"A" company were to make the attack, and were despatched at 11:00 towards the German positions, but it was anticipated that they would not arrive, recce and be ready for jump off until 17:00.  The two objectives would be first Kaireti Farm and second the position a little to the north of the farm near the coastal road.  
"The attack went in at 1700 hours and made good initial progress by capturing the first objective.  When about half-way between the two objectives an untoward event occurred.  The Germans called up more paratroop reinforcements, about 200 of whom were dropped in the nick of time just behind the second objective.  With this extra padding they staged a counter attack, which forced "A" Company back through its first objective to its starting point, where it was finally held.  At dusk "A" Coy. had established itself on high ground west of the road and overlooking Kaireti Farm, and the Germans were holding their initial positions.  Casualties had not been heavy.  But for the last minute intervention of the German parachute reinforcement, "A" Coy. would, in all probability, have succeeded in its task."
The communication problems raised their head again.  The C.O. at Ay Deka received orders from Brigade at about the time "A" were jumping off, telling him to make an attack with not less than three companies to clear the Germans astride the Ay Deka - Heraklion road at 05:00 on the 24th.  It was too late to stop "A" Company.  The position now was that they had "A" Coy. and the Carriers up, two companies with the C.O.'s recce party, Battalion HQ , ammunition, rations, petrol etc still to be transported.  With insufficient transport they managed by marching and shuttling the transport they had to get everyone in place by 04:45, only 15 minutes to spare.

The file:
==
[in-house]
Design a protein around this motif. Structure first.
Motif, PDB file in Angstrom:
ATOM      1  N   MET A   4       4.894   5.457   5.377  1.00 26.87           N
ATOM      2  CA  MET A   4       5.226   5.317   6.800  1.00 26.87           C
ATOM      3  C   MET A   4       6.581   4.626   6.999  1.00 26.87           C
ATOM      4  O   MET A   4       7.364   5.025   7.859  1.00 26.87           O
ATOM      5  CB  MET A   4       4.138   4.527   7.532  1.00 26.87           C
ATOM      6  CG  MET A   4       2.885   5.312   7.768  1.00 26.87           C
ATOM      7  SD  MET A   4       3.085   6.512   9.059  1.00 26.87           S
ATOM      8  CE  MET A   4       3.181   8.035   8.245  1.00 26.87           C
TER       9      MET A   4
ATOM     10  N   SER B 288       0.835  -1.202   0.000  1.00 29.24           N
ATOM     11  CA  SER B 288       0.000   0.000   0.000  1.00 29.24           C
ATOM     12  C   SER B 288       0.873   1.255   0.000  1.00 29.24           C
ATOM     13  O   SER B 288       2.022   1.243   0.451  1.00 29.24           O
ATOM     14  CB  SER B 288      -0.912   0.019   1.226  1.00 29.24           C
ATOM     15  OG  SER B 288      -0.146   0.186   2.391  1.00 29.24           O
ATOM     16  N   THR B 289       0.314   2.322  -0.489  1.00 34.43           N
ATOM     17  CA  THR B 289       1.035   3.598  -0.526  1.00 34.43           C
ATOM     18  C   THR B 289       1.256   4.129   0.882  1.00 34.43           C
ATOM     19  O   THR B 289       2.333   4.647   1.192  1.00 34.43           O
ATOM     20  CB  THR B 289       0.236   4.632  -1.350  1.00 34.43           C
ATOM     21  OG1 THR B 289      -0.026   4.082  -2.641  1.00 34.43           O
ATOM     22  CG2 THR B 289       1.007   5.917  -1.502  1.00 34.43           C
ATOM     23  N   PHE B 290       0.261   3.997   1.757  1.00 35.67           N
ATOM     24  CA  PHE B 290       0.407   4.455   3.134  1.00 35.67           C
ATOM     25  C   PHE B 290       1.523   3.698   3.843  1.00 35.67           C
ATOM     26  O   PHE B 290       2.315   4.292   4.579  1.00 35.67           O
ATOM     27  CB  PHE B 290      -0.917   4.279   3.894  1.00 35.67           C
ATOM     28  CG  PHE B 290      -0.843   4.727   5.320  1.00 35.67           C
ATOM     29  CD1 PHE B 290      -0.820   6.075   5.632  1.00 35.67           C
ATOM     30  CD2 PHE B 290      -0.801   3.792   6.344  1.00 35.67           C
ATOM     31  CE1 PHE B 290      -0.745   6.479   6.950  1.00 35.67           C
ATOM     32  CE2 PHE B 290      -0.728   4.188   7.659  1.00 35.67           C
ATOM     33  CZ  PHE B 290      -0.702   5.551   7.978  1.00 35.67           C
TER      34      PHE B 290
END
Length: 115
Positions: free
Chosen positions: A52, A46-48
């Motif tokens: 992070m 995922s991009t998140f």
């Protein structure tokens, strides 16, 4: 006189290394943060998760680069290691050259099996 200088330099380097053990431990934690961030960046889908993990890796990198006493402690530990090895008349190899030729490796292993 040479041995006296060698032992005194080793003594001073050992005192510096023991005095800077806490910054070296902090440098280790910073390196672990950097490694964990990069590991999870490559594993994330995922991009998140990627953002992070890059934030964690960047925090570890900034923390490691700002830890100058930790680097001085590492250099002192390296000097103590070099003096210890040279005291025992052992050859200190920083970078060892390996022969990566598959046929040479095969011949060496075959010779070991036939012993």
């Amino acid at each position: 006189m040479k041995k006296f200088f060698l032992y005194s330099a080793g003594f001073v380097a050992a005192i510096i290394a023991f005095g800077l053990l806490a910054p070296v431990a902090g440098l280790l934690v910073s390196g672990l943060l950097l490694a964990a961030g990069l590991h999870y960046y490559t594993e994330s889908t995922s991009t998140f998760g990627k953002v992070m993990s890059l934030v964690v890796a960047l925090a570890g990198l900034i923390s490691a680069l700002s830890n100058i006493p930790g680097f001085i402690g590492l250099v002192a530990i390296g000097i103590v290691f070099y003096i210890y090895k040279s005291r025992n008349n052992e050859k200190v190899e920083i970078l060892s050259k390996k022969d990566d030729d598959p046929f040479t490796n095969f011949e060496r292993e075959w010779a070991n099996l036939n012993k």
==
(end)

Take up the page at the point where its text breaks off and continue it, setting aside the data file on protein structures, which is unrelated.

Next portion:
"After the experience of "A" Coy. during their recent attack, a frontal assault was ruled out, so it was decided that "B" Coy. on the right would attack east of and parallel to the main road, and that "D" Coy. would make a detour round the left, both companies to be guided by personnel of "A" Coy. who had already been over the ground.  "A" Coy. was to remain in situ, but to be ready to exploit success on either flank.  Such was the plan or what was going to be an unrecced night attack against opposition whose strength was unknown, and without the knowledge as to whether artillery support would be available or not.  We were landed in this difficult position by the complete breakdown in communications."  There was to be no artillery support from the Heraklion area, and no simultaneous attack by the Heraklion garrison.